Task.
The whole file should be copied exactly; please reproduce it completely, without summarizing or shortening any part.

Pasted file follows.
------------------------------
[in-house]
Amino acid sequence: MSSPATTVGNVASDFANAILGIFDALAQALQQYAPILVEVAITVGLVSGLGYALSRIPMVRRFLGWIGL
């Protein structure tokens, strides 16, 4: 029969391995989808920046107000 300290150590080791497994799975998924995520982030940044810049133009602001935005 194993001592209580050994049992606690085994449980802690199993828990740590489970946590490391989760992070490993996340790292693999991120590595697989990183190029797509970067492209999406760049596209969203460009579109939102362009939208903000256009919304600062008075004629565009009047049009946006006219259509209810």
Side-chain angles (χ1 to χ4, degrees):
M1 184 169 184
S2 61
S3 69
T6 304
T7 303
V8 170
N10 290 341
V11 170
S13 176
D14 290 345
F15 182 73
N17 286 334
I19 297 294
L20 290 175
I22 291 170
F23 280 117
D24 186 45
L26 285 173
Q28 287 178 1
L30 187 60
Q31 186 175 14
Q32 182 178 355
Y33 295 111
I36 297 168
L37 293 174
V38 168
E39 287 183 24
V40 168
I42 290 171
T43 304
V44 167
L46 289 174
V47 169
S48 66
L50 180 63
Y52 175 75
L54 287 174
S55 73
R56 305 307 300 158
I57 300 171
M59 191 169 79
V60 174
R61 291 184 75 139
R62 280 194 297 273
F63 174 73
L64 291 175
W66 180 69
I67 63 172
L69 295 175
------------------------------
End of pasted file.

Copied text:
[in-house]
Amino acid sequence: MSSPATTVGNVASDFANAILGIFDALAQALQQYAPILVEVAITVGLVSGLGYALSRIPMVRRFLGWIGL
């Protein structure tokens, strides 16, 4: 029969391995989808920046107000 300290150590080791497994799975998924995520982030940044810049133009602001935005 194993001592209580050994049992606690085994449980802690199993828990740590489970946590490391989760992070490993996340790292693999991120590595697989990183190029797509970067492209999406760049596209969203460009579109939102362009939208903000256009919304600062008075004629565009009047049009946006006219259509209810």
Side-chain angles (χ1 to χ4, degrees):
M1 184 169 184
S2 61
S3 69
T6 304
T7 303
V8 170
N10 290 341
V11 170
S13 176
D14 290 345
F15 182 73
N17 286 334
I19 297 294
L20 290 175
I22 291 170
F23 280 117
D24 186 45
L26 285 173
Q28 287 178 1
L30 187 60
Q31 186 175 14
Q32 182 178 355
Y33 295 111
I36 297 168
L37 293 174
V38 168
E39 287 183 24
V40 168
I42 290 171
T43 304
V44 167
L46 289 174
V47 169
S48 66
L50 180 63
Y52 175 75
L54 287 174
S55 73
R56 305 307 300 158
I57 300 171
M59 191 169 79
V60 174
R61 291 184 75 139
R62 280 194 297 273
F63 174 73
L64 291 175
W66 180 69
I67 63 172
L69 295 175